As companies shift to having more mobile workforces and more open office environments, one critical element that may be missing is private meeting space for both small and large groups. The building that can offer such an amenity on an as-needed basis could well have a leg up on the competition.
That was the thinking of Ryan Simonetti, CEO and co-founder of New York-based Convene in 2009, who wanted to create day conference centers in office buildings in key major markets around the U.S. Since then, the company has discovered that not only do office tenants need a place to meet, they also want food and concierge services, all of which Convene is offering today. Simonetti was spot on in his business strategy. In 2013, Crain’s New York Business named Convene No. 1 among the top 50 fastest growing businesses in New York City. The company now operates four conference centers in Manhattan and opened a fifth near Washington, D.C., in Tysons, Virginia, in April.
“Large companies are consuming real estate differently than in the past,” said Simonetti. “They want to consume real estate on a more variable cost basis. They do not want to have a dedicated, large-scale training facility.”
Simonetti sees his firm’s services as a win-win for both landlords and tenants. For the landlord, a Convene conference center can fill otherwise vacant space and serve as an amenity that may attract new office tenants. For the tenant, Convene offers an on-demand, per seat product, in much the same way that ZipCar and Citi Bikes (and other car- and bike-sharing programs) offer consumers a quick and easy way to use an automobile or bicycle when they need one, without the expense or hassle of owning one.
Convene’s space is available for groups as small as two people to ones as large as several hundred. Tenants that rent conference space have complete flexibility. “All of our locations have meeting rooms that can flex into classroom space,” said Simonetti. “Convene designs spaces to accommodate as many types of seating arrangements as possible. Depending on the size of the meeting and the nature of the collaboration, the rooms can flex to accommodate a variety of different outcomes.”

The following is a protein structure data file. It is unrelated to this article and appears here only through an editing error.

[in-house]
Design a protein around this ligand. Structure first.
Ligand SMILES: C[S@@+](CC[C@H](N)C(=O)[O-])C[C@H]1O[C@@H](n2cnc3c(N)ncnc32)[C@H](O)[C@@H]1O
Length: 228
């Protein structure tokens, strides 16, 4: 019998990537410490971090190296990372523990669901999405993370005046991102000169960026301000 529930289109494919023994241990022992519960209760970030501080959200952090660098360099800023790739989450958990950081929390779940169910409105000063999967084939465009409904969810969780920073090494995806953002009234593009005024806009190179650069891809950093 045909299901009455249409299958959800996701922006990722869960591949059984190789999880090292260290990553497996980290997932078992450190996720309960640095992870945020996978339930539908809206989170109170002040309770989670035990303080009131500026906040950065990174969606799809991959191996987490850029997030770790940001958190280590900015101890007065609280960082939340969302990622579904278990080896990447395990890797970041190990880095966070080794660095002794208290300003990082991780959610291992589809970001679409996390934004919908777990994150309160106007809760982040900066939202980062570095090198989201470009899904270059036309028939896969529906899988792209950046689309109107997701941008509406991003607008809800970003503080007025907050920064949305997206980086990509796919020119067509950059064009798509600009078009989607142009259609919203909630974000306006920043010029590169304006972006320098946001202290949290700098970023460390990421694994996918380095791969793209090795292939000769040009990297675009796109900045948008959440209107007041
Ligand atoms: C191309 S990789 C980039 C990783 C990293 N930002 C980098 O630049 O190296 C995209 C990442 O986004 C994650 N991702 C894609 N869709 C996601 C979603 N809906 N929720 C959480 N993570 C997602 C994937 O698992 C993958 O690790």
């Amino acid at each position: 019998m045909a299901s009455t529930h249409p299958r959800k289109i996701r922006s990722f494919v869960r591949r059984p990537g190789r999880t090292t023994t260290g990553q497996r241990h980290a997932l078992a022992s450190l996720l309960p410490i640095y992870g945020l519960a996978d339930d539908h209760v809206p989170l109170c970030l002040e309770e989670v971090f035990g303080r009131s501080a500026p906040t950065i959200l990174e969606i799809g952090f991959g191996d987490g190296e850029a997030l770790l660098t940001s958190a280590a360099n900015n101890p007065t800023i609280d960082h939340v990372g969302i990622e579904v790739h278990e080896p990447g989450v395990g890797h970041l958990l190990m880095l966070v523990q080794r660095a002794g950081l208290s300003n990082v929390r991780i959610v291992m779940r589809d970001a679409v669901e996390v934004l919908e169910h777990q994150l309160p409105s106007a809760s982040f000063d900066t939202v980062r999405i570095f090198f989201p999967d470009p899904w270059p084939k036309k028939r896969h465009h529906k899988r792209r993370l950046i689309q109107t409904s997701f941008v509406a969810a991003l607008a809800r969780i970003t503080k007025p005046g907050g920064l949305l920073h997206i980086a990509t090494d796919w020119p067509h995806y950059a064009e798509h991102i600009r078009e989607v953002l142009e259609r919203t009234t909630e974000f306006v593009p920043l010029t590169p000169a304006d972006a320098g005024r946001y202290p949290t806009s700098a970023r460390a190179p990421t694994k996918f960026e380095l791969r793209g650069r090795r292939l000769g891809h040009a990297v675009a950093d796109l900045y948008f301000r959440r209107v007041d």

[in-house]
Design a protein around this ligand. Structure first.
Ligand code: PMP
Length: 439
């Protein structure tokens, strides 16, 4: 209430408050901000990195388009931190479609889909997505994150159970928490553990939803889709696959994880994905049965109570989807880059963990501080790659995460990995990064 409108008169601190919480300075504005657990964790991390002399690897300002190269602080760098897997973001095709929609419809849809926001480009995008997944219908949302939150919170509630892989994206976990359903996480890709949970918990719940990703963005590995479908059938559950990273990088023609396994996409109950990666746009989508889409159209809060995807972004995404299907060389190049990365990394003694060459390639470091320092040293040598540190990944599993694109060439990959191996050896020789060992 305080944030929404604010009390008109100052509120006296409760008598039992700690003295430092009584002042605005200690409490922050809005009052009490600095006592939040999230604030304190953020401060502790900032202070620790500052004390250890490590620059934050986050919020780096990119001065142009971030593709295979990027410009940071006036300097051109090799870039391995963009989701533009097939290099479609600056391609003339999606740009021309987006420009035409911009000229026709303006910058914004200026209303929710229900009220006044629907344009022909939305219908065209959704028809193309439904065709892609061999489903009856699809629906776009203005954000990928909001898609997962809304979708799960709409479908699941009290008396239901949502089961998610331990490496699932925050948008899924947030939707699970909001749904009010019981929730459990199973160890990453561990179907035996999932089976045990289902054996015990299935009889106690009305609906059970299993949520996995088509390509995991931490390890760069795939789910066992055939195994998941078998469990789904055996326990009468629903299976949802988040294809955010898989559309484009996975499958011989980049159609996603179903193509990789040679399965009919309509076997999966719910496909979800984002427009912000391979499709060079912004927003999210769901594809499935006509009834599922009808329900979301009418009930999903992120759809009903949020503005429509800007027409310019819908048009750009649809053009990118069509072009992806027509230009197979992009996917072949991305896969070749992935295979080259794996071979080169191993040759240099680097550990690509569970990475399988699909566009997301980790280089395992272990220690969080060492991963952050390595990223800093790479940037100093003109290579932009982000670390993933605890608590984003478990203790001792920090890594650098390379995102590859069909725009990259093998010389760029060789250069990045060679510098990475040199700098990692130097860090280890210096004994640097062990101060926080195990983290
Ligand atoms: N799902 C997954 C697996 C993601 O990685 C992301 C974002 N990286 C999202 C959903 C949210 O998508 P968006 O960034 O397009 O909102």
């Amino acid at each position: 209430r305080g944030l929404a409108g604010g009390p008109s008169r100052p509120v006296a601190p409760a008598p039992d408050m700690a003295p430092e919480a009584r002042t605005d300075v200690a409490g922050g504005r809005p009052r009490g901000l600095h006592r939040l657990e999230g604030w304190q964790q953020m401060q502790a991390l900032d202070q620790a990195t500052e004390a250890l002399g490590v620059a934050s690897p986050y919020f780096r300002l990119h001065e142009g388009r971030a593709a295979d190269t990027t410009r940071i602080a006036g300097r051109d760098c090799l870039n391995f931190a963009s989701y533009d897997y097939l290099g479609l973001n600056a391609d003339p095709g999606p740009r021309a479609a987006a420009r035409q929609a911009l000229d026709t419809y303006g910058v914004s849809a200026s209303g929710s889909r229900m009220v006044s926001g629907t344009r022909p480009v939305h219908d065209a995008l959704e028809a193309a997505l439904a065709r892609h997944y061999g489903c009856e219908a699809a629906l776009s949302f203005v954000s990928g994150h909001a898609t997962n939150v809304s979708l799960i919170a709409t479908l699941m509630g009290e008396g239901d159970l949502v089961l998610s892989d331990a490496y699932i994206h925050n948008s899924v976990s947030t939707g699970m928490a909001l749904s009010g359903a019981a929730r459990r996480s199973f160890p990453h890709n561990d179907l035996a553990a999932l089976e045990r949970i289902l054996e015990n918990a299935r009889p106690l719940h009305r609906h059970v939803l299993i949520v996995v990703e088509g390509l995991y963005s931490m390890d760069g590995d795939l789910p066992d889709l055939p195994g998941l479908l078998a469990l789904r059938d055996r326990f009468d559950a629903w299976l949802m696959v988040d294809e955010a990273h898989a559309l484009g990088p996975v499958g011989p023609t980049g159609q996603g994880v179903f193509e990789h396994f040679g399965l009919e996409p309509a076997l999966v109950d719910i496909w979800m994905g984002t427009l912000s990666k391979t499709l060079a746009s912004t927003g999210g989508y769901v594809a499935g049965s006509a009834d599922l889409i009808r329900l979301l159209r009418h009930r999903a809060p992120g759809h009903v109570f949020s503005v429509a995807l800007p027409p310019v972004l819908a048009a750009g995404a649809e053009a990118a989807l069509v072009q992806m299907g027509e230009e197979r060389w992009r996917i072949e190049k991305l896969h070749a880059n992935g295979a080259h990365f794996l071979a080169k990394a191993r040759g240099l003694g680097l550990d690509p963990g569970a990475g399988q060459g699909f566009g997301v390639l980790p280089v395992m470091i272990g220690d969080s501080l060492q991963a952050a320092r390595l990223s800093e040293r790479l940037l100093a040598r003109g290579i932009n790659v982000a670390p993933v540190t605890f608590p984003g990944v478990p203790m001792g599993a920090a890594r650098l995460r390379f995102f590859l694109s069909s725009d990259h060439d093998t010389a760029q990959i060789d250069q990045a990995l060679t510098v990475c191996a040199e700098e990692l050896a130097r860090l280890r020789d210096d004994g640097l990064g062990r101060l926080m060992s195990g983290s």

The Convene spaces range in size from 12,000 to 60,000 square feet. Simonetti says that the large spaces — called “forums” — can be converted into theater-style seating with a temporary stage. “We try to design our spaces to be as flexible as possible in order to meet the ever-changing needs of our customers. For example, our Convene at 32 Old Slip in New York’s financial district includes one of the city’s largest tiered auditoriums, which can accommodate up to 250 participants.”
What makes Convene unique is that all of its services — technology, food and beverage, concierge, and production — are vertically integrated. Controlling everything in house allows the company to offer its clients a better on-site experience. The firm offers HD projection, video conferencing, webcasting and audio conferencing with built-in, user-friendly technology. Its dedicated team of on-site technology consultants provides additional support, to make sure that client events go off without a hitch.
Convene also promotes its facilities as a strategic building amenity, offering other building tenants discounted access. “We typically offer a 10 percent discount from our base per person pricing to any tenant operating in a Convene-enabled building,” said Simonetti. “The value of a Convene-enabled building is that a) tenants can build their space more efficiently and b) they have access to our firm’s hospitality services, including our ‘room service’ catering menu, concierge services and on-site technology support.”
Convene centers feature Nourish cafes with food and beverage service. Shown here is the newest center, Convene at Tysons II in Tysons, Virginia.
Convene’s newest facility marks the launch of the company’s national expansion initiative, according to an April 1 statement by Chris Kelly, Convene’s president and co-founder: “We expect to enter other markets over the next 18 to 24 months.” Kelly added that the firm’s “all-inclusive” philosophy and productivity-driven spaces are designed to serve a broad range of organizations, including corporations, associations, government agencies and nonprofit groups. Georgetown University, for example, has signed a three-year deal with Convene that allows Convene at Tysons II to host the university’s McDonough School of Business’s first off-campus evening MBA program, beginning in fall 2014.
Regarding Convene’s lease arrangements, Simonetti says that every situation is unique, but most are structured as typical leases or landlord partnerships, which include a percent revenue component. Simonetti notes that, given the strategic value of Convene’s services, the firm tends to pay a discounted rent compared to other tenants in a building. “Just as Equinox [fitness centers] or Whole Foods drives up the value of residential developments, we see Convene delivering that same value to commercial office or hospitality mixed-use projects,” he states.